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11 hours ago, Wiendish Fitch said:

I really, really, really like, even love, the 2005 Pride and Prejudice, but everyone's points are completely spot on  and I'm not even going to try to dispute them. Here's the thing: the 1995 P&P is, IMO, sheer and utter perfection in every single respect, and it is #1 in my heart forever and ever. My affection for the 2005 version is how beautifully flawed it is (and it is flawed, make no mistake). I love the cinematography, the direction (when it works), and holy shit, the score! The music is out of this world!

But, yes, everyone's arguments are absolutely right: it's not for Jane Austen purists, and Austen herself would probably find it appalling.

Speaking of Ms. Austen, I doubt she'd find any adaptation of Mansfield Park satisfactory, especially the 2007 version (I like Billie Piper, but Fanny Price she ain't).

I really enjoyed this year's Emma. Anya Taylor-Joy gives a unique interpretation of Emma Woodhouse, and Mia Goth puts a surprisingly melancholy spin on the usually ditzy and comical Harriet Smith. The 1996 version is still my favorite (though I understand why others don't like it).

 

Yeah, Jane would have had issues with  all of the adaptations of Mansfield Park.  I haven't seen the Billie Piper version because I don't care for her as an actress.  But, I have watched the 1999 version a few times and have read the book more than once.  In the book Henry Crawford is short and ugly, words I would never use to describe Alessandro Nivola.  By casting a handsome actor, the whole tone of the second half of the movie changes.  I don't think Jane ever wanted her reader to seriously consider Henry as a possible husband for Fanny let alone Fanny.  Then you have the issue with book Fanny being quite frankly boring and judgmental.  Qualities no one wants in their heroine, and most adaptations make her too lively.  All that being said, Hugh Bonneville really nails the ridiculous Mr. Rushworth, and Embeth Davidtz shines as Mary Crawford.

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3 minutes ago, Ohiopirate02 said:

Yeah, Jane would have had issues with  all of the adaptations of Mansfield Park.  I haven't seen the Billie Piper version because I don't care for her as an actress.  But, I have watched the 1999 version a few times and have read the book more than once.  In the book Henry Crawford is short and ugly, words I would never use to describe Alessandro Nivola.  By casting a handsome actor, the whole tone of the second half of the movie changes.  I don't think Jane ever wanted her reader to seriously consider Henry as a possible husband for Fanny let alone Fanny.  Then you have the issue with book Fanny being quite frankly boring and judgmental.  Qualities no one wants in their heroine, and most adaptations make her too lively.  All that being said, Hugh Bonneville really nails the ridiculous Mr. Rushworth, and Embeth Davidtz shines as Mary Crawford.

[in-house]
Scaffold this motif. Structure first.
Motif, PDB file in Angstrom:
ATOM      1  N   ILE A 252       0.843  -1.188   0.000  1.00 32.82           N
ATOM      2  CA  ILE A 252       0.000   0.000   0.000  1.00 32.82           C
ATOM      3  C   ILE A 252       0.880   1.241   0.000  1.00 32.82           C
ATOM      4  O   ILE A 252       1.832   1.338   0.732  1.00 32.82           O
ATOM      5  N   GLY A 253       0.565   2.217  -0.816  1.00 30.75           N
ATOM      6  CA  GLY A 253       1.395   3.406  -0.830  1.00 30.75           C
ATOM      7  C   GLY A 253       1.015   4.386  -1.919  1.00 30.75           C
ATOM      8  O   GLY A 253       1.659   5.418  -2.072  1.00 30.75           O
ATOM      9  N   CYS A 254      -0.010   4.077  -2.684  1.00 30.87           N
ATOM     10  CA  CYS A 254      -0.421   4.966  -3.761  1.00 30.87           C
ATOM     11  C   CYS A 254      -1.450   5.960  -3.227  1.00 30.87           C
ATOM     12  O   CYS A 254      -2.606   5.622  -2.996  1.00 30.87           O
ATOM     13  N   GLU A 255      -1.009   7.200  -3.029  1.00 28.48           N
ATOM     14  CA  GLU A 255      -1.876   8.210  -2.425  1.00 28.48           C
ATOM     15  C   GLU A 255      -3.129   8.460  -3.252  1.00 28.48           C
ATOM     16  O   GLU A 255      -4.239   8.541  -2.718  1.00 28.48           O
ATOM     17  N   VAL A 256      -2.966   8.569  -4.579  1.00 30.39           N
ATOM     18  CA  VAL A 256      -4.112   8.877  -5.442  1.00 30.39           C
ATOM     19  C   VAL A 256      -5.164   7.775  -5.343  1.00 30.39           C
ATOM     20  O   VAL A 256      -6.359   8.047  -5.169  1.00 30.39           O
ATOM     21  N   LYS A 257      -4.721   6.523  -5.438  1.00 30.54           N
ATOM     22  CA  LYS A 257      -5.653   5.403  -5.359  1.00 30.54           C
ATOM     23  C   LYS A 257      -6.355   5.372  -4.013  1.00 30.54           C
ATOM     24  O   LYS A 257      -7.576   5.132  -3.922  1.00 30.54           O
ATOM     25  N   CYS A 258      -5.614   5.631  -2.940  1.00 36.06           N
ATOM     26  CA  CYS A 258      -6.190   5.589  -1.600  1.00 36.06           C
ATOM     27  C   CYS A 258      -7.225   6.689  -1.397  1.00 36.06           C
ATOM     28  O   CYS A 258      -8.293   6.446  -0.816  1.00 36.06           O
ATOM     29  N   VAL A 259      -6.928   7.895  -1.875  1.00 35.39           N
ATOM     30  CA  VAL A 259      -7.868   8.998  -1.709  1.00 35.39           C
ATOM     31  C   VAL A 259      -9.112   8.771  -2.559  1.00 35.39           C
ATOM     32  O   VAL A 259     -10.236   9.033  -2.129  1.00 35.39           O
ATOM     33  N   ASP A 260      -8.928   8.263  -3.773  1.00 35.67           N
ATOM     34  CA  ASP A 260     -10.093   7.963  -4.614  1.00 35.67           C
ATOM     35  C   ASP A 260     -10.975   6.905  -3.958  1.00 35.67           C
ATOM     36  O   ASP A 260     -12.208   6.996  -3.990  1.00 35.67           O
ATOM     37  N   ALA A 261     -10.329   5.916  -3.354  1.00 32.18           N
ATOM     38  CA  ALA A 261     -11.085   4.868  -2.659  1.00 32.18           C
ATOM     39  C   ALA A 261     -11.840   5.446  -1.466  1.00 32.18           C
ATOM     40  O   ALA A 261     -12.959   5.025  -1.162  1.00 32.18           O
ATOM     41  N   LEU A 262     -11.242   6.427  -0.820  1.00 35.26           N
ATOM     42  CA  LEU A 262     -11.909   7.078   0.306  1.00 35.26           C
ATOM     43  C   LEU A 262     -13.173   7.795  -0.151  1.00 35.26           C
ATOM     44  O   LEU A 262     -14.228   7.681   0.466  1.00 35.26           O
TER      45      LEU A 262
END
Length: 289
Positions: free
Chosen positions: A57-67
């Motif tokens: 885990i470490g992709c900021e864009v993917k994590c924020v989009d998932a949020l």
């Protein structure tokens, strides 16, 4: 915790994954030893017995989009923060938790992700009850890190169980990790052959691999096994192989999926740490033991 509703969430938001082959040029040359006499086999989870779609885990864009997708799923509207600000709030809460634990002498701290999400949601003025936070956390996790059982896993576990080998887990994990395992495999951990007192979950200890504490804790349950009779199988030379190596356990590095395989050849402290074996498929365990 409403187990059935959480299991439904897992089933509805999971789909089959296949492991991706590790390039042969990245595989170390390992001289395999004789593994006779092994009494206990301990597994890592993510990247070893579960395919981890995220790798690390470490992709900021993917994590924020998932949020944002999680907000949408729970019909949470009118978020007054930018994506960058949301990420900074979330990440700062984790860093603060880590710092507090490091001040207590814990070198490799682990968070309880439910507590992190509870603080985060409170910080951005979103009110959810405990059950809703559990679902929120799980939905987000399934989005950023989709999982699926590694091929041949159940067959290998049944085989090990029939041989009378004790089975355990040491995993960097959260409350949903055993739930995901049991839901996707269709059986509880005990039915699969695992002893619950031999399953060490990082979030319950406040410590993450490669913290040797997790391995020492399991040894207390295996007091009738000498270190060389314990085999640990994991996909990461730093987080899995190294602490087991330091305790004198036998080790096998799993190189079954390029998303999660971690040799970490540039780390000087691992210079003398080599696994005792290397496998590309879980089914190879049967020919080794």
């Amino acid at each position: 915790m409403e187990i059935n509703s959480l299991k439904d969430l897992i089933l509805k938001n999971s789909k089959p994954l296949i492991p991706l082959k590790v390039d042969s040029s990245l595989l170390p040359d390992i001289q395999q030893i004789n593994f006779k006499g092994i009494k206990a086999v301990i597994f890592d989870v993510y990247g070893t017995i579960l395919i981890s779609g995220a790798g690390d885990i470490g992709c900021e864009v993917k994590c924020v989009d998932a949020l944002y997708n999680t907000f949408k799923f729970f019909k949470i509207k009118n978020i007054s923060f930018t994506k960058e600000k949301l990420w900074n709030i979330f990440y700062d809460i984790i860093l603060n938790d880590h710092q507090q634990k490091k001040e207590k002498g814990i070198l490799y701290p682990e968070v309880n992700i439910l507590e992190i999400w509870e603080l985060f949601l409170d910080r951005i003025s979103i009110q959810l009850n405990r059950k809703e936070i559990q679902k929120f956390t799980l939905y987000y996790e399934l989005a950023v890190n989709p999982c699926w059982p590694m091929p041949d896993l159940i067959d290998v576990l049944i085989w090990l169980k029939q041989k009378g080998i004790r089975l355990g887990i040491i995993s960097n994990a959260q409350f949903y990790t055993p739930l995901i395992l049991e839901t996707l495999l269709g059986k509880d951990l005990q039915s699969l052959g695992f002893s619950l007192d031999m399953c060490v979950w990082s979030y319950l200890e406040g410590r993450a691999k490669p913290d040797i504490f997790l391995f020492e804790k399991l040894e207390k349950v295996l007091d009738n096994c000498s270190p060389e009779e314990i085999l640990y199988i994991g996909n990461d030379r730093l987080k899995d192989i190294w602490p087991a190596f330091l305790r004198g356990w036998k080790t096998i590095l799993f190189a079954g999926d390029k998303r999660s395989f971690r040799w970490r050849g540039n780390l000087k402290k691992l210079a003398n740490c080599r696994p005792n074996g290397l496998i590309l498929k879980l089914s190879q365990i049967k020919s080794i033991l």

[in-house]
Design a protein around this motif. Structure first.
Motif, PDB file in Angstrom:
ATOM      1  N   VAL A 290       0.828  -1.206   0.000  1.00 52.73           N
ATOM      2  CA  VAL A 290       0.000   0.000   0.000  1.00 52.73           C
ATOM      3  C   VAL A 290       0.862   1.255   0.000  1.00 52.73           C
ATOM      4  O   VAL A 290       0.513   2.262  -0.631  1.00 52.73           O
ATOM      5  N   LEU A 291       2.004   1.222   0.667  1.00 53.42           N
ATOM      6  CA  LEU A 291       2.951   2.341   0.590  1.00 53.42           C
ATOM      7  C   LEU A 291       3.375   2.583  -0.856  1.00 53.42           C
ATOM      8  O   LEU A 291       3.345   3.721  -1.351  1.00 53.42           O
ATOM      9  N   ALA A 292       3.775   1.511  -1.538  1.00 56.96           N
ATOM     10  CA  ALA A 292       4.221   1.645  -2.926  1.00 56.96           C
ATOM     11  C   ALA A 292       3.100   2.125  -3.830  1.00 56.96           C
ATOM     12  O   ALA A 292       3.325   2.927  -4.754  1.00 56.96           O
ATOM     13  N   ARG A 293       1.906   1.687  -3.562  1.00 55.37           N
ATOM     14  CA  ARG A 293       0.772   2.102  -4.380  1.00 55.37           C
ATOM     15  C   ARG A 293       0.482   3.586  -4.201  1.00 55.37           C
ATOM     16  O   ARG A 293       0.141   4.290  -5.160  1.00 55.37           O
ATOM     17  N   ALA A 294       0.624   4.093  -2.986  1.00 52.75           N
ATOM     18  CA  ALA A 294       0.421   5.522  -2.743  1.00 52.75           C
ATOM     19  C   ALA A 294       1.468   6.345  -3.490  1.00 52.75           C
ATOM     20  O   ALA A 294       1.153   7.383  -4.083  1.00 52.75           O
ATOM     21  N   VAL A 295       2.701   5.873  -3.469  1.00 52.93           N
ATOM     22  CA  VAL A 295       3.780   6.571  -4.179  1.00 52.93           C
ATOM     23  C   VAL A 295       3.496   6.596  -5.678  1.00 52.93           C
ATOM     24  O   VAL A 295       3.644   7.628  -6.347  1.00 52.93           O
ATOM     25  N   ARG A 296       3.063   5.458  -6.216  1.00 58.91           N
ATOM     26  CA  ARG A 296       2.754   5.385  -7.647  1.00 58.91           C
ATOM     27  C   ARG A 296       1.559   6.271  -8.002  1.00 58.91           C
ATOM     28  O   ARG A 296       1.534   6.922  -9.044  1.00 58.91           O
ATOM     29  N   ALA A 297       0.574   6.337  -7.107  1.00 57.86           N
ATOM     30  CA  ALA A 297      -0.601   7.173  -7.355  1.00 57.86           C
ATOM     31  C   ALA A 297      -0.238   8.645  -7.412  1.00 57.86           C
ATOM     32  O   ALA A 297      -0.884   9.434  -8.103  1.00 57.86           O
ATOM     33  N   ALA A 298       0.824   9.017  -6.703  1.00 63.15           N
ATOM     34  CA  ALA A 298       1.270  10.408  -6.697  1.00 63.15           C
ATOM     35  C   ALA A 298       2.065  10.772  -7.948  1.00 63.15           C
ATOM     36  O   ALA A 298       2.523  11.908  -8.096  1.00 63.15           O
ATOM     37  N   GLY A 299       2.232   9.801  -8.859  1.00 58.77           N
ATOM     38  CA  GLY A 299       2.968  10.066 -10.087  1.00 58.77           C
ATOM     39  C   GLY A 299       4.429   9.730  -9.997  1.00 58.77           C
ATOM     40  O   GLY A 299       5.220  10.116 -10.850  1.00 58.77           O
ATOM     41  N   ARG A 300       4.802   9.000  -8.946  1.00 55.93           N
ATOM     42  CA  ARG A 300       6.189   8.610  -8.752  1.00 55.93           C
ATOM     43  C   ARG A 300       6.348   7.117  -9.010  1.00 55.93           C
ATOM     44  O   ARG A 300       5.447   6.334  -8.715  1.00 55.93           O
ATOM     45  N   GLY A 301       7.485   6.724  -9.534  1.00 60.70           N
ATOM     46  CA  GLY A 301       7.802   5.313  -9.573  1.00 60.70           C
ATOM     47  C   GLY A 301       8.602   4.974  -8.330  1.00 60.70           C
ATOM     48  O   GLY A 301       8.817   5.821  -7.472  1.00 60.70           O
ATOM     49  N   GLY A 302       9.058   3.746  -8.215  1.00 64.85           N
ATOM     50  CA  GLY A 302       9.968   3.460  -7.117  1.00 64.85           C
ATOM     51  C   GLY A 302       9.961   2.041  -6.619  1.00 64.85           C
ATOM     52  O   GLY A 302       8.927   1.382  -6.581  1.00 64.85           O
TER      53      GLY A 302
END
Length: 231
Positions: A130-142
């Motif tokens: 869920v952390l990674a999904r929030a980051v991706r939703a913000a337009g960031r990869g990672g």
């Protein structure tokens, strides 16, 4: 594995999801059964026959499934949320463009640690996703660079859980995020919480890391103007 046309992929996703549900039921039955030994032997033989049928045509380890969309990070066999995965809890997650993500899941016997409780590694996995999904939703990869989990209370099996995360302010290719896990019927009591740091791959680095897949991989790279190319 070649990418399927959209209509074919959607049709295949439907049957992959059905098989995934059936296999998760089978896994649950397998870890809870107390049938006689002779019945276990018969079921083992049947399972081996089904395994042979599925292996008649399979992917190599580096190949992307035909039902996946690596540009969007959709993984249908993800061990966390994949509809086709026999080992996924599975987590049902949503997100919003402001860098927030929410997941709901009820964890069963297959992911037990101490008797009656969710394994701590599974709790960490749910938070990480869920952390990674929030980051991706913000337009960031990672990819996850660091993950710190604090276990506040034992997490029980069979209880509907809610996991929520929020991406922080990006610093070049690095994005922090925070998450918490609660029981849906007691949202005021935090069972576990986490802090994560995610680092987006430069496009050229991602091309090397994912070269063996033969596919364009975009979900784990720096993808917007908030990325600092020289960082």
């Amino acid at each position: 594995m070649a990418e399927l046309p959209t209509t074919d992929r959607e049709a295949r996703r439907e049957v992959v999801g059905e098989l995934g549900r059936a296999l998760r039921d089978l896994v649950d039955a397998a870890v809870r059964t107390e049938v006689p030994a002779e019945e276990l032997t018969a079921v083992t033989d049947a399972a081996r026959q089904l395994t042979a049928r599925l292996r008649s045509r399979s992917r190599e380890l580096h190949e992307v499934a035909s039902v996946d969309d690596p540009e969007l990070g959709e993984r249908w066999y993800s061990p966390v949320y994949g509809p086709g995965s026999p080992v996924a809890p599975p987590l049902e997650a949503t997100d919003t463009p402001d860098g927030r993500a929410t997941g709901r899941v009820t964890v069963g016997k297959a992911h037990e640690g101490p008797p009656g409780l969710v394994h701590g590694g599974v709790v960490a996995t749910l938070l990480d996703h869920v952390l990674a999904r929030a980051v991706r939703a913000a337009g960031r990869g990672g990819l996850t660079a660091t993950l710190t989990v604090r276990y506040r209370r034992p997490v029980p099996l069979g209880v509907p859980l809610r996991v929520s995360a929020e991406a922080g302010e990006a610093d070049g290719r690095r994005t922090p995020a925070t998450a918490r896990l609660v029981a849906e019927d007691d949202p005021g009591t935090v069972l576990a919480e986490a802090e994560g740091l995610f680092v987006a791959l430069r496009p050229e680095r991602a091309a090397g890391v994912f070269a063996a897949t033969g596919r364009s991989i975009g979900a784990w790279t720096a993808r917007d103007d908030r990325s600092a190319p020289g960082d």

I still like the 1999 version of Mansfield Park but, again, it's not a very faithful adaptation. 

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15 hours ago, Wiendish Fitch said:

I really, really, really like, even love, the 2005 Pride and Prejudice, but everyone's points are completely spot on  and I'm not even going to try to dispute them. Here's the thing: the 1995 P&P is, IMO, sheer and utter perfection in every single respect, and it is #1 in my heart forever and ever. My affection for the 2005 version is how beautifully flawed it is (and it is flawed, make no mistake). I love the cinematography, the direction (when it works), and holy shit, the score! The music is out of this world!

But, yes, everyone's arguments are absolutely right: it's not for Jane Austen purists, and Austen herself would probably find it appalling.

Yeah I like 2005 Pride and Prejudice too despite the flaws pointed out by others here. I have more affection for this Bennet family and I don't care I'm not supposed to find them ideal. I like that the house feels like the Weasleys Burrow! I like that Mrs Bennet is depicted more sympathetically and that Mr. Bennet is a loving father to all the girls not just Lizzie. He made a mistake but not because he doesnt care. Charlotte's speech(though making her  desperate as opposed to aromantic) is important because it shows girls today the reality of the times. I like that it's set in 1797, the year Austen was Lizzie's age and you see the transition from Georgian style to Regency.  Agree with you Wiendish completely on the camera work, direction and music. I love the  long tracking shot at Netherfield ball and the continuous shot of Lizzie and Darcy dancing. It's so nice to see a director who started out in British television who actually knows how to frame properly unlike others.*cough* Tom Hooper *cough* .Director Joe Wright said he he grew up watching high school movies from America in the 80s so that's what influenced his take and that's what I see the movie as, a period teen movie. Bingley's sister serving Mean Girl shade in all her scenes was fun. Also Tom Hollander as Mr. Collins reminds me so much of 60s era Dudley Moore, especially when he's giving a sermon.

Edited by VCRTracking